What is simulation?
Simulation-based education is a teaching strategy for health professional education that is increasingly used in clinical education settings throughout Australia.
The simulation is described as “an imitation of the operation of a real-world process or system.” In the education of health professionals, it is “a technique to replace or extend real experiences with directed experiences, often of an immersive nature, that evoke or replicate aspects of the real world in an interactive way.”
It is not a technology; is the reenactment of real-life events in which people can participate “as if” for real, giving them opportunities to practice and hone their skills. In other words, simulation is an educational activity where reality is recreated to allow people to immerse themselves in an experience and learn from that experience.
In physical therapy education, it involves students interacting as “therapists” in a clinical setting with a “patient”, where they assess and treat the patient as if it were real. After the simulation, a debriefing is conducted so that feedback can be shared and learning points clarified for future improved practices.
Simulation-based education is very effective for physical therapy education and provides excellent learning opportunities for physical therapists who are personable and directly support the development of competencies to practice physical therapy.
We are passionate about simulation education because it provides immersive experiences for professionals that look and feel like the real clinical environment. Furthermore, simulation education is free from the risks associated with “real” patients, meaning that if a mistake is made, learning can occur and patients are not harmed. This allows educators to specifically tailor learning experiences to the needs and goals of professionals.
Purpose of simulation-based learning in physical therapy
To review the literature on simulation-based learning experiences and examine their potential to have a positive impact on the knowledge, skills, and attitudes of physical therapy (PT) students in practice entry curricula. Method: A systematic bibliographic hunt was carried out in MEDLINE, CINAHL, Embase Classic + Embase, Scopus and Web of Science databases, using keywords such as physiotherapy, simulation, education and scholars. Results: A total of 820 abstracts were selected and 23 articles were included in the systematic review. While there were few randomized skillful trials with validated consequence measures, some findings of simulation may positively affect the design of entry-level PT curricula.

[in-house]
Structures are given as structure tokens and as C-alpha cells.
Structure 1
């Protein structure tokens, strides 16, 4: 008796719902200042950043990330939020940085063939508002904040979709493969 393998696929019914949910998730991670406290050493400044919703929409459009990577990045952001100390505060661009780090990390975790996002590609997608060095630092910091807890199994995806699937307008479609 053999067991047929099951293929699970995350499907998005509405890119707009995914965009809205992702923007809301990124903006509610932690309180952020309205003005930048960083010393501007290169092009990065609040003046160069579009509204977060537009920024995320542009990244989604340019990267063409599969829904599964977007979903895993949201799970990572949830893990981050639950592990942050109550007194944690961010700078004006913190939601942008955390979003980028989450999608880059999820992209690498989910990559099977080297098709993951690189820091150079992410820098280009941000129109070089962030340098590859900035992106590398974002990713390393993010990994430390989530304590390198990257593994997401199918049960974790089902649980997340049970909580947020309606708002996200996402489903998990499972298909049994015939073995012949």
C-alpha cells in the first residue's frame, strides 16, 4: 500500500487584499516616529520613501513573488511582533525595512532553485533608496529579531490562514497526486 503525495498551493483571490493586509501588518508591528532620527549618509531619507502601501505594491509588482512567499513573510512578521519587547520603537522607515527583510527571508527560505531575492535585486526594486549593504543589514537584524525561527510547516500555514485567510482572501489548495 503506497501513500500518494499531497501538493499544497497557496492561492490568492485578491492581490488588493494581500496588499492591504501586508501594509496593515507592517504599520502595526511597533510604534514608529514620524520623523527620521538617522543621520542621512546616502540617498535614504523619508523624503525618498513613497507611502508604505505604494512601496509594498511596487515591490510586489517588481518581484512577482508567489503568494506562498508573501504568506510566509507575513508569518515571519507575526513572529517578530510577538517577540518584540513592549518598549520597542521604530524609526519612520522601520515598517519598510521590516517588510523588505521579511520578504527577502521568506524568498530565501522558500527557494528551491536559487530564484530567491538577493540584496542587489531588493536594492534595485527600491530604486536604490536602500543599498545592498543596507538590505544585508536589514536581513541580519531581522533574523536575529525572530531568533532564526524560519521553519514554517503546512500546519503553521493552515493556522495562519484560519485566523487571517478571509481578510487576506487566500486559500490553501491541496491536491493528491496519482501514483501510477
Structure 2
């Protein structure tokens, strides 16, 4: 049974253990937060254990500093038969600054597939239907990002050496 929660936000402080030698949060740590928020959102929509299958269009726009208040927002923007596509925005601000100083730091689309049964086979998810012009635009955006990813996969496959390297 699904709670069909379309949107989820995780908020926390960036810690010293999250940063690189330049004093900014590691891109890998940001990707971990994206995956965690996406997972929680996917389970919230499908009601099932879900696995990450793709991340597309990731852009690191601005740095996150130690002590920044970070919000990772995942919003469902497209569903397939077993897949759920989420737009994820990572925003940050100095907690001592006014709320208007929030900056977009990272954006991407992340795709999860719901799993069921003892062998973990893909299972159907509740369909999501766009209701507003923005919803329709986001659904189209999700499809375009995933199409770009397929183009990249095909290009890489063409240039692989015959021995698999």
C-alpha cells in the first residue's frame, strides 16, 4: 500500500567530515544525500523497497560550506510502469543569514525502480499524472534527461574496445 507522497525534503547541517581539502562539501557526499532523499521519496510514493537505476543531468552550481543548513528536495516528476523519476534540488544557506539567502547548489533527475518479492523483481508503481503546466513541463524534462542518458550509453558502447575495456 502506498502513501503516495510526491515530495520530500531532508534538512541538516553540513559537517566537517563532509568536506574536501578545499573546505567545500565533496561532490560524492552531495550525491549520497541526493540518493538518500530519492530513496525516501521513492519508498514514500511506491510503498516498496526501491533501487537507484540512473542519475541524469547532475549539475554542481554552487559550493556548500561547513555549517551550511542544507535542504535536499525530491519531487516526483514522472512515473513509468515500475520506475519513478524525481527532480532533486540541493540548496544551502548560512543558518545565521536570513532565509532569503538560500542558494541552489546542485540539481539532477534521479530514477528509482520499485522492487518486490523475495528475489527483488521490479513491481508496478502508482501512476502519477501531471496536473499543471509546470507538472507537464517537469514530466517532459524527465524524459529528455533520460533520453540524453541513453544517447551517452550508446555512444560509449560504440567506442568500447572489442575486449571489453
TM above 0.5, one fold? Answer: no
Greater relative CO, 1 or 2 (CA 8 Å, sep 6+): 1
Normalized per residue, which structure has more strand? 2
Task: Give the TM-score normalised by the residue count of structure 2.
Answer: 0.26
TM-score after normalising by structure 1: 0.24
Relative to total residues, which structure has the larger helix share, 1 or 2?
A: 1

Using simulators to provide specific exit feedback can help students learn specific skills. Computer simulations can also enhance the learning experience for students. The experiences of human simulation in the management of the acute patient in the ICU are well received by the students, they positively influence their confidence and reduce their anxiety. There is evidence that simulated learning environments can replace a part of a full-time 4-week clinical rotation without affecting learning. Conclusions: Simulation-based learning activities are being incorporated effectively into PE curricula. More rigorously designed experimental studies that include a cost-benefit analysis are needed to help curriculum developers make informed decisions in curriculum design.
Background and objective
The last decade has seen the proliferation of simulation in health education. This trend has come to physical therapy education and is redefining the experiences of physical therapy students. It has great potential for controlled experiential learning that can be programmed to gain essential competencies that may not be predictable encounters during clinical internships.
It can also engage beginning students in high-risk / low-frequency clinical events that have a low tolerance for error within a learning experience that does not pose risk to real patients. Within the clinical practice, it can support skill development, ongoing competence, and be part of a risk management approach to review a breakdown of care, assess an event close to an accident, or rehearse new procedures for a flow job. Simulations must be carefully designed, executed and followed with structured and effective debriefing to achieve positive learning that will translate into better clinical practice.
Position and foundation
Healthcare simulation is a powerful instructional method based on learning theory and behaviour change theory that can be implemented in physical therapy education and practice development to achieve learning outcomes. It is not designed based on laboratory or phantom capacity;
It is an instructional method based on learning objectives focused on the needs and preparation of students. The experience must be carefully written to expose the clinical decision-making of the students that guide action or inaction. The debriefing approach is an essential instructional element in the simulation that serves to uncover student decision frameworks so that instruction can be strategically adapted to build positive experiential learning.
Discussion and conclusion
It can be a very effective instructional tool, but it is time and resource consuming. For positive experiential learning through simulation, recognized and evidence-based strategies can be adapted to the context of physical therapy practice. It opens the door to enriching learning experiences that have the potential to achieve the highest quality, safe, and interprofessional practice that future healthcare demands.